Pervasive judicial misconduct raises question:
Who’s in charge here?
OCT 6, 2021 | REPUBLISHED BY LIT: OCT 8, 2021
House Democrats announced last Wednesday that they would reform judicial integrity procedures after an investigation found that more than 130 federal judges have been violating laws and ethics rules by participating in cases involving companies in which they or their family members owned stock.
Over the last decade, judges improperly failed to disqualify themselves from 685 cases nationwide, according to the September 28 report by the Wall Street Journal. Sixty-one judges or their families even traded those stocks while the cases were playing out in court.
The findings come on the heels of Reuters’ “Teflon Robe” investigation last year, which found that thousands of state and local judges across the country violated ethics rules over the past 12 years, including lying to state officials and making racist statements. At least 5,206 people were directly affected, but most of the offending judges largely escaped punishment or accountability, even for shocking conduct like illegally jailing people and sexual abuse, Reuters found.
In just the last six years, news organizations have revealed similar patterns of slow and lenient discipline for judges who commit misconduct in Illinois, South Carolina and Louisiana, including investigations by Injustice Watch, the Advocate and ProPublica.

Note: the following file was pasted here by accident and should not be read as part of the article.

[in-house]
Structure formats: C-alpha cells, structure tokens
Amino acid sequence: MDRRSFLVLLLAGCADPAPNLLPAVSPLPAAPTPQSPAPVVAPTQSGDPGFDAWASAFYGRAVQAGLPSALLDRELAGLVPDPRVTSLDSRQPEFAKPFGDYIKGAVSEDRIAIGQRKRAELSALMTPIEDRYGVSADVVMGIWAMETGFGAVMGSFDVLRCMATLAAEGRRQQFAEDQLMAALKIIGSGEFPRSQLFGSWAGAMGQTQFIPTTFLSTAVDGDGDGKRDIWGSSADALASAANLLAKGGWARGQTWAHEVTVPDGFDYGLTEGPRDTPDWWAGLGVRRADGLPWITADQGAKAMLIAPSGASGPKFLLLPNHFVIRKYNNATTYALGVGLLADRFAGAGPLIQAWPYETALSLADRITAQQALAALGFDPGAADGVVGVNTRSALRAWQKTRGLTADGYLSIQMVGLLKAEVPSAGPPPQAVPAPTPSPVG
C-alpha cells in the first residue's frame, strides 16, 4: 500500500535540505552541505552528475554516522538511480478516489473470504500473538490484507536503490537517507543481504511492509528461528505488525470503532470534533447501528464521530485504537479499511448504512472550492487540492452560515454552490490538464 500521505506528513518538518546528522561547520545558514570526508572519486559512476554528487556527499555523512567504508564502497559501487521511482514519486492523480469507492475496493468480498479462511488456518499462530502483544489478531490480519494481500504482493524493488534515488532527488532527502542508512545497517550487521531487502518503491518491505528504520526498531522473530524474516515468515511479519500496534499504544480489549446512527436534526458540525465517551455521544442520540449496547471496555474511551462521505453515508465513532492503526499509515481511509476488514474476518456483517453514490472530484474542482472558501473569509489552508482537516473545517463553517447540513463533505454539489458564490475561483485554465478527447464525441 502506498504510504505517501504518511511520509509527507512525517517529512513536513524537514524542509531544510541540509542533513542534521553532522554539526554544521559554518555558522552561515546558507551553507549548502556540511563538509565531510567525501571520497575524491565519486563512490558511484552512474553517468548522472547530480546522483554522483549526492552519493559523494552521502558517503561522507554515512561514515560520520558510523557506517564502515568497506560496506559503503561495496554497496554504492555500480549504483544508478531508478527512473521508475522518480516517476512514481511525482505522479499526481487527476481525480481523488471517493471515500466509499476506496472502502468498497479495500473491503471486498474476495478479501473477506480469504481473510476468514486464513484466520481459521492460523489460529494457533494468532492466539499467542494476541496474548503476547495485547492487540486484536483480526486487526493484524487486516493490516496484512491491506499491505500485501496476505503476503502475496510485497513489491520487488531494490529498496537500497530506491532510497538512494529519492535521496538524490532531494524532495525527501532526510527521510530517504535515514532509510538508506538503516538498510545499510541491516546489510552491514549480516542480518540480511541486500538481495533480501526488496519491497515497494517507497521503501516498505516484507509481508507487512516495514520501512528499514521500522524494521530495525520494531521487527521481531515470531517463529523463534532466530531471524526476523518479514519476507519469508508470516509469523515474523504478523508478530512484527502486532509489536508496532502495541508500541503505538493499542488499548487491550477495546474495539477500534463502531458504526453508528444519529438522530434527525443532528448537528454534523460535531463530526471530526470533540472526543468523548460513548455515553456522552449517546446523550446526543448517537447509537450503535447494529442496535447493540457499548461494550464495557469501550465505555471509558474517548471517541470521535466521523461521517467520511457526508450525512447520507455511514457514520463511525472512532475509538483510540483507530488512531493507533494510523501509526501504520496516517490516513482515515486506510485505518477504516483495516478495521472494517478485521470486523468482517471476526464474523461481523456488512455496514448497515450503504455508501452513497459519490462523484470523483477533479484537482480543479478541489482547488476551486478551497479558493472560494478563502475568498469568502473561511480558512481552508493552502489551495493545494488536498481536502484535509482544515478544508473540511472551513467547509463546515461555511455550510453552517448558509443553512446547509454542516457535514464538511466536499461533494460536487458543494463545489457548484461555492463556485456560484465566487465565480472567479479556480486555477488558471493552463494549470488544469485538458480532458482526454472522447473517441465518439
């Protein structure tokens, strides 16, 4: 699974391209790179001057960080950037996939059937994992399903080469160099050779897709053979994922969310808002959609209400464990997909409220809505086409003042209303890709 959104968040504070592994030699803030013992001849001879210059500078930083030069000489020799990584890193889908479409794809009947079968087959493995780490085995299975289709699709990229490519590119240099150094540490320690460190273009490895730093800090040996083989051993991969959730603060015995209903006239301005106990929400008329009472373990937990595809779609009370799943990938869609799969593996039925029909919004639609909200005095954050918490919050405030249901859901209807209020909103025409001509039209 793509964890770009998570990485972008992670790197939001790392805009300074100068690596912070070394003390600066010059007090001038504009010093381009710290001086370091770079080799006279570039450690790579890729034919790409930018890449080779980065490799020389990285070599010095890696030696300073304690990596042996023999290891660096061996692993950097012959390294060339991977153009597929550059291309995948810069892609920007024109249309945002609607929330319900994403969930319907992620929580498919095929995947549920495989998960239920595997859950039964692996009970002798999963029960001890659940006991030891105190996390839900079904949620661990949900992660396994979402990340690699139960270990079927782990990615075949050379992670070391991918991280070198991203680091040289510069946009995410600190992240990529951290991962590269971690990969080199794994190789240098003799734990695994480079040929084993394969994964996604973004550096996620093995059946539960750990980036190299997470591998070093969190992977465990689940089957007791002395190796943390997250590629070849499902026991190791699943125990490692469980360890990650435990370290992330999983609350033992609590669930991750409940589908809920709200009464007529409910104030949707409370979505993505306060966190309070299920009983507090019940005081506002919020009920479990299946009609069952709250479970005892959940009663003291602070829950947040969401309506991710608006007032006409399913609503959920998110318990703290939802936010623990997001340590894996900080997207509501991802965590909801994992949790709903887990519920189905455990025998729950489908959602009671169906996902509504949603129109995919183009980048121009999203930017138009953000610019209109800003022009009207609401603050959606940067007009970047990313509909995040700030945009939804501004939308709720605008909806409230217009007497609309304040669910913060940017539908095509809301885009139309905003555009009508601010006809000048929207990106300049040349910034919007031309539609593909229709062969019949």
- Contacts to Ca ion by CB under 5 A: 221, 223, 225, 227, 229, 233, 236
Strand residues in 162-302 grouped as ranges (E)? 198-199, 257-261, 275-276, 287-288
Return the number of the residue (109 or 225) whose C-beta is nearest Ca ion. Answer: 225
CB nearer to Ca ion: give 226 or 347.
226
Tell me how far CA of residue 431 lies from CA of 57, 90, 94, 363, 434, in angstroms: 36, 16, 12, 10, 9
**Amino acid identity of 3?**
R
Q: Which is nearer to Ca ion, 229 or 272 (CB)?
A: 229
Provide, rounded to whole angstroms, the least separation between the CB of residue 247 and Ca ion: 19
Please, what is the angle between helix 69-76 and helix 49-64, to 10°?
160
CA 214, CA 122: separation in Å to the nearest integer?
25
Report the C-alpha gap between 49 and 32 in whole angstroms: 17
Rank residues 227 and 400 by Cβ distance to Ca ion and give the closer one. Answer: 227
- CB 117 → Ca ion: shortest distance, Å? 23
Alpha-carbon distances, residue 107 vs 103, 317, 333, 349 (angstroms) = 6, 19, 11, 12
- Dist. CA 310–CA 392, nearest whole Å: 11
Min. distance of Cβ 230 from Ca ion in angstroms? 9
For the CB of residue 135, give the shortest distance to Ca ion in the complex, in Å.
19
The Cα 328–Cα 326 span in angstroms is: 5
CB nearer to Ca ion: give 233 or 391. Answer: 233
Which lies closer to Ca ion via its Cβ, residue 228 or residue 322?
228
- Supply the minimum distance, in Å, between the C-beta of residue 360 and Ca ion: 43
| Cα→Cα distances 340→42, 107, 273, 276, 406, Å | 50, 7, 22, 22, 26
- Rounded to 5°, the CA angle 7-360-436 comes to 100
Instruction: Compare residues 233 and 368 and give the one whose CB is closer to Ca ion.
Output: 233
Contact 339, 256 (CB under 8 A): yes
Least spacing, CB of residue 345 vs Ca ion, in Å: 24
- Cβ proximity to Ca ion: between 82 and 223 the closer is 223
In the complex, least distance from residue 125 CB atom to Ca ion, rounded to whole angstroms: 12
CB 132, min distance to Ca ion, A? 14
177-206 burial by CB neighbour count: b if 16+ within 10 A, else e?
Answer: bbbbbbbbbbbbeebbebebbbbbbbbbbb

In 2017, a major scandal involving multiple accusations of inappropriate sexual conduct by former appeals judge Alex Kozinski led to a review of how the federal courts handle sexual harassment. But just last month, Laura Minor, a former equal employment opportunity officer and secretary at the two administrative bodies that oversee federal courts, told the Washington Post that judges still routinely circle the wagons to protect each other against complaints of misconduct.
Taken together, the revelations hint at systemic ethics violations, a pervasive leniency toward even serious transgressors, and a lack of public accountability among U.S. judges.
Those problems call into question the systems of self-policing for judges, but there’s been no serious public engagement with that issue. Although it’s unusual for justices to comment publicly, the silence on these revelations of misconduct from the highest-ranking officers of the federal courts – like U.S. Supreme Court Justice John Roberts – comes across as an abdication of responsibility and hinders a necessary public conversation and reform.
The Supreme Court’s media relations office didn’t respond to my questions for this column. The Administrative Office of the Courts told me it has safeguards against conflicts of interest, and is “looking for ways to improve.”
Neither office responded to questions about whether Roberts will publicly address the investigation.
James Alfini, a law professor at South Texas College of Law and co-author of “Judicial Conduct and Ethics,” said it’s important for the court and chief justice to speak out given the gravity of the findings.
“The revelations in the investigation border on scandalous, and so the question is what role does the court have to play in resurrecting the federal judiciary?” Alfini said. “This would be a good time for the court to step forward and reassure the American public that they’re taking this seriously and have some sort of plan. (Roberts) has a responsibility to do so as chief justice of the United States.”